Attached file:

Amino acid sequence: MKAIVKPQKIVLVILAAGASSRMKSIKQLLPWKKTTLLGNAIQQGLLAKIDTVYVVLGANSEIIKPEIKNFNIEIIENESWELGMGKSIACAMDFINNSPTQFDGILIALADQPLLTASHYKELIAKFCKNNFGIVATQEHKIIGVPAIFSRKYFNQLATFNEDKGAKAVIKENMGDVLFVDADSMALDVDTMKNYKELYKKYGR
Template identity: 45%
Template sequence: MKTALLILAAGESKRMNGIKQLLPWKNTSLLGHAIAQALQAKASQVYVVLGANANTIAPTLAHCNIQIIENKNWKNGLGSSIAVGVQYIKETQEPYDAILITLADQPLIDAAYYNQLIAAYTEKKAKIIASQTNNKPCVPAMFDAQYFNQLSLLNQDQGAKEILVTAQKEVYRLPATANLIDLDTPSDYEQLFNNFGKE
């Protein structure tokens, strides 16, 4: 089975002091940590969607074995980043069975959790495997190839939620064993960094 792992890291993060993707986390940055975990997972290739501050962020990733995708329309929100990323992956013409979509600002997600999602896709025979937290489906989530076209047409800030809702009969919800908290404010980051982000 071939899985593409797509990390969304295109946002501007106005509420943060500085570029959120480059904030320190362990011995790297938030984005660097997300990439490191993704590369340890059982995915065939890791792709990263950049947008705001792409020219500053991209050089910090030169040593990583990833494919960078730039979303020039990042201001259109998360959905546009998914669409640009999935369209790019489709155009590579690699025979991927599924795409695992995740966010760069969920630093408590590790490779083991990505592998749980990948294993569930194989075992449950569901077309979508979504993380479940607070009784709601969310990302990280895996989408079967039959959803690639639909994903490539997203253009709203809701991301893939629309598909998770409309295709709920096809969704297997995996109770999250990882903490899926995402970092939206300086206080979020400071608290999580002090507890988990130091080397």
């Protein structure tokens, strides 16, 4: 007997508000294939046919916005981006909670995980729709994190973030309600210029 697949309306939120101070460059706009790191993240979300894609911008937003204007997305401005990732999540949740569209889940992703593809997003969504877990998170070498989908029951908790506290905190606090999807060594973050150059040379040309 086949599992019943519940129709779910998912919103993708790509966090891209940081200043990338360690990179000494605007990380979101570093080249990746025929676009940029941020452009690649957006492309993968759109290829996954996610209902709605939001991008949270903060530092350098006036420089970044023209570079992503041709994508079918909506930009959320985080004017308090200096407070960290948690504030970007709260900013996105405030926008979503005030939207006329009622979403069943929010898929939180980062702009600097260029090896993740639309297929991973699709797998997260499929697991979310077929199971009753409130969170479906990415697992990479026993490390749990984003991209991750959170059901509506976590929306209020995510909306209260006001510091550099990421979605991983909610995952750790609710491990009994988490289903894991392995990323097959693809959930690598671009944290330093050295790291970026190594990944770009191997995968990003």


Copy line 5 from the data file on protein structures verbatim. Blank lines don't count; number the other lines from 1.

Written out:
């Protein structure tokens, strides 16, 4: 007997508000294939046919916005981006909670995980729709994190973030309600210029 697949309306939120101070460059706009790191993240979300894609911008937003204007997305401005990732999540949740569209889940992703593809997003969504877990998170070498989908029951908790506290905190606090999807060594973050150059040379040309 086949599992019943519940129709779910998912919103993708790509966090891209940081200043990338360690990179000494605007990380979101570093080249990746025929676009940029941020452009690649957006492309993968759109290829996954996610209902709605939001991008949270903060530092350098006036420089970044023209570079992503041709994508079918909506930009959320985080004017308090200096407070960290948690504030970007709260900013996105405030926008979503005030939207006329009622979403069943929010898929939180980062702009600097260029090896993740639309297929991973699709797998997260499929697991979310077929199971009753409130969170479906990415697992990479026993490390749990984003991209991750959170059901509506976590929306209020995510909306209260006001510091550099990421979605991983909610995952750790609710491990009994988490289903894991392995990323097959693809959930690598671009944290330093050295790291970026190594990944770009191997995968990003």